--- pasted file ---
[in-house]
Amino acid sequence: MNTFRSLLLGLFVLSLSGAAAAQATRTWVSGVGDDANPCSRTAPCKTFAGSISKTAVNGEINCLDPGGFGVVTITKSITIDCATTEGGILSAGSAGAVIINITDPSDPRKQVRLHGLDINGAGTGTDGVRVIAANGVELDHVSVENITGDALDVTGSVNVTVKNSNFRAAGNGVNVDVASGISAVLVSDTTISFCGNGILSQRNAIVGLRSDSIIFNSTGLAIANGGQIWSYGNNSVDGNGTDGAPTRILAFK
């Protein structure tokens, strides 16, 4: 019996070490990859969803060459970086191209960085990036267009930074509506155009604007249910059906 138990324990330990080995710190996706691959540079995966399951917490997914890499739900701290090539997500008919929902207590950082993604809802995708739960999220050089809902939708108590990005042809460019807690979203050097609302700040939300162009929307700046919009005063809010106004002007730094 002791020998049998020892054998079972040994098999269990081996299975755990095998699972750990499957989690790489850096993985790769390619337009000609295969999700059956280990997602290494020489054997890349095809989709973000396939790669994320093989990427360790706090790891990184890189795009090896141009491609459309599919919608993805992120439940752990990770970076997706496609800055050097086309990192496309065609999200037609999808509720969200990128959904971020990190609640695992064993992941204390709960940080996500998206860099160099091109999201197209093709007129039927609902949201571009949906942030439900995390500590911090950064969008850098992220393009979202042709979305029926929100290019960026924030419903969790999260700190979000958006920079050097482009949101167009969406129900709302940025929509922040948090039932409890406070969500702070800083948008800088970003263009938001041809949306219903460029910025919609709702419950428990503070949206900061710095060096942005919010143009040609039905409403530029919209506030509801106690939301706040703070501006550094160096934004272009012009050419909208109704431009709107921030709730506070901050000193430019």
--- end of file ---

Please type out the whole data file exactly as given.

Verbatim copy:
[in-house]
Amino acid sequence: MNTFRSLLLGLFVLSLSGAAAAQATRTWVSGVGDDANPCSRTAPCKTFAGSISKTAVNGEINCLDPGGFGVVTITKSITIDCATTEGGILSAGSAGAVIINITDPSDPRKQVRLHGLDINGAGTGTDGVRVIAANGVELDHVSVENITGDALDVTGSVNVTVKNSNFRAAGNGVNVDVASGISAVLVSDTTISFCGNGILSQRNAIVGLRSDSIIFNSTGLAIANGGQIWSYGNNSVDGNGTDGAPTRILAFK
């Protein structure tokens, strides 16, 4: 019996070490990859969803060459970086191209960085990036267009930074509506155009604007249910059906 138990324990330990080995710190996706691959540079995966399951917490997914890499739900701290090539997500008919929902207590950082993604809802995708739960999220050089809902939708108590990005042809460019807690979203050097609302700040939300162009929307700046919009005063809010106004002007730094 002791020998049998020892054998079972040994098999269990081996299975755990095998699972750990499957989690790489850096993985790769390619337009000609295969999700059956280990997602290494020489054997890349095809989709973000396939790669994320093989990427360790706090790891990184890189795009090896141009491609459309599919919608993805992120439940752990990770970076997706496609800055050097086309990192496309065609999200037609999808509720969200990128959904971020990190609640695992064993992941204390709960940080996500998206860099160099091109999201197209093709007129039927609902949201571009949906942030439900995390500590911090950064969008850098992220393009979202042709979305029926929100290019960026924030419903969790999260700190979000958006920079050097482009949101167009969406129900709302940025929509922040948090039932409890406070969500702070800083948008800088970003263009938001041809949306219903460029910025919609709702419950428990503070949206900061710095060096942005919010143009040609039905409403530029919209506030509801106690939301706040703070501006550094160096934004272009012009050419909208109704431009709107921030709730506070901050000193430019």